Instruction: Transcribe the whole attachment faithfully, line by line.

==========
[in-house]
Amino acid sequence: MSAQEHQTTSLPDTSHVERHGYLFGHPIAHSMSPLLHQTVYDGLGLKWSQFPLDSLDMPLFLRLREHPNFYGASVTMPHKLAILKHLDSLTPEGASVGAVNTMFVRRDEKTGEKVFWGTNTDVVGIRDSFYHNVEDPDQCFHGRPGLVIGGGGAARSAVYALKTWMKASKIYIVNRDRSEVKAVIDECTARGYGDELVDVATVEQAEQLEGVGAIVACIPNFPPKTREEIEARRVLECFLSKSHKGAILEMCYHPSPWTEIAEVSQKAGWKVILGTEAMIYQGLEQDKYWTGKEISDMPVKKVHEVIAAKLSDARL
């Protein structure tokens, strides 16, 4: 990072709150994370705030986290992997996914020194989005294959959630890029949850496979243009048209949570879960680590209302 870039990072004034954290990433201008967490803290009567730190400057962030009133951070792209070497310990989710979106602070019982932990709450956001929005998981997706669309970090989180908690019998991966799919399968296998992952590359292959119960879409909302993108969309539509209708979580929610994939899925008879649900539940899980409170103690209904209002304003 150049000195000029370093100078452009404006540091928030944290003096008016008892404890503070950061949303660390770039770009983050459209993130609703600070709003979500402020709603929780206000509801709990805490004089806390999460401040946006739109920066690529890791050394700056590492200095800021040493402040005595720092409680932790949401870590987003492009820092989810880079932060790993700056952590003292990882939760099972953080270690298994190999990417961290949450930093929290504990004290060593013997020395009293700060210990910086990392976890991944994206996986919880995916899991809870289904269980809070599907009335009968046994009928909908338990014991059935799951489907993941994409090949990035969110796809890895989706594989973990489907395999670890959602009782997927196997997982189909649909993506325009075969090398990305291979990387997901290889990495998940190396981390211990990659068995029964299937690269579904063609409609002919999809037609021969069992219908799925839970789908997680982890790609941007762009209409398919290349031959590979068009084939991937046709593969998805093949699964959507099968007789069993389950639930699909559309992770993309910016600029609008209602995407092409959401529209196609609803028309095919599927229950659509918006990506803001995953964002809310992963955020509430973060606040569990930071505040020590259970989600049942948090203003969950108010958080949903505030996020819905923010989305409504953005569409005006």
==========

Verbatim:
[in-house]
Amino acid sequence: MSAQEHQTTSLPDTSHVERHGYLFGHPIAHSMSPLLHQTVYDGLGLKWSQFPLDSLDMPLFLRLREHPNFYGASVTMPHKLAILKHLDSLTPEGASVGAVNTMFVRRDEKTGEKVFWGTNTDVVGIRDSFYHNVEDPDQCFHGRPGLVIGGGGAARSAVYALKTWMKASKIYIVNRDRSEVKAVIDECTARGYGDELVDVATVEQAEQLEGVGAIVACIPNFPPKTREEIEARRVLECFLSKSHKGAILEMCYHPSPWTEIAEVSQKAGWKVILGTEAMIYQGLEQDKYWTGKEISDMPVKKVHEVIAAKLSDARL
């Protein structure tokens, strides 16, 4: 990072709150994370705030986290992997996914020194989005294959959630890029949850496979243009048209949570879960680590209302 870039990072004034954290990433201008967490803290009567730190400057962030009133951070792209070497310990989710979106602070019982932990709450956001929005998981997706669309970090989180908690019998991966799919399968296998992952590359292959119960879409909302993108969309539509209708979580929610994939899925008879649900539940899980409170103690209904209002304003 150049000195000029370093100078452009404006540091928030944290003096008016008892404890503070950061949303660390770039770009983050459209993130609703600070709003979500402020709603929780206000509801709990805490004089806390999460401040946006739109920066690529890791050394700056590492200095800021040493402040005595720092409680932790949401870590987003492009820092989810880079932060790993700056952590003292990882939760099972953080270690298994190999990417961290949450930093929290504990004290060593013997020395009293700060210990910086990392976890991944994206996986919880995916899991809870289904269980809070599907009335009968046994009928909908338990014991059935799951489907993941994409090949990035969110796809890895989706594989973990489907395999670890959602009782997927196997997982189909649909993506325009075969090398990305291979990387997901290889990495998940190396981390211990990659068995029964299937690269579904063609409609002919999809037609021969069992219908799925839970789908997680982890790609941007762009209409398919290349031959590979068009084939991937046709593969998805093949699964959507099968007789069993389950639930699909559309992770993309910016600029609008209602995407092409959401529209196609609803028309095919599927229950659509918006990506803001995953964002809310992963955020509430973060606040569990930071505040020590259970989600049942948090203003969950108010958080949903505030996020819905923010989305409504953005569409005006």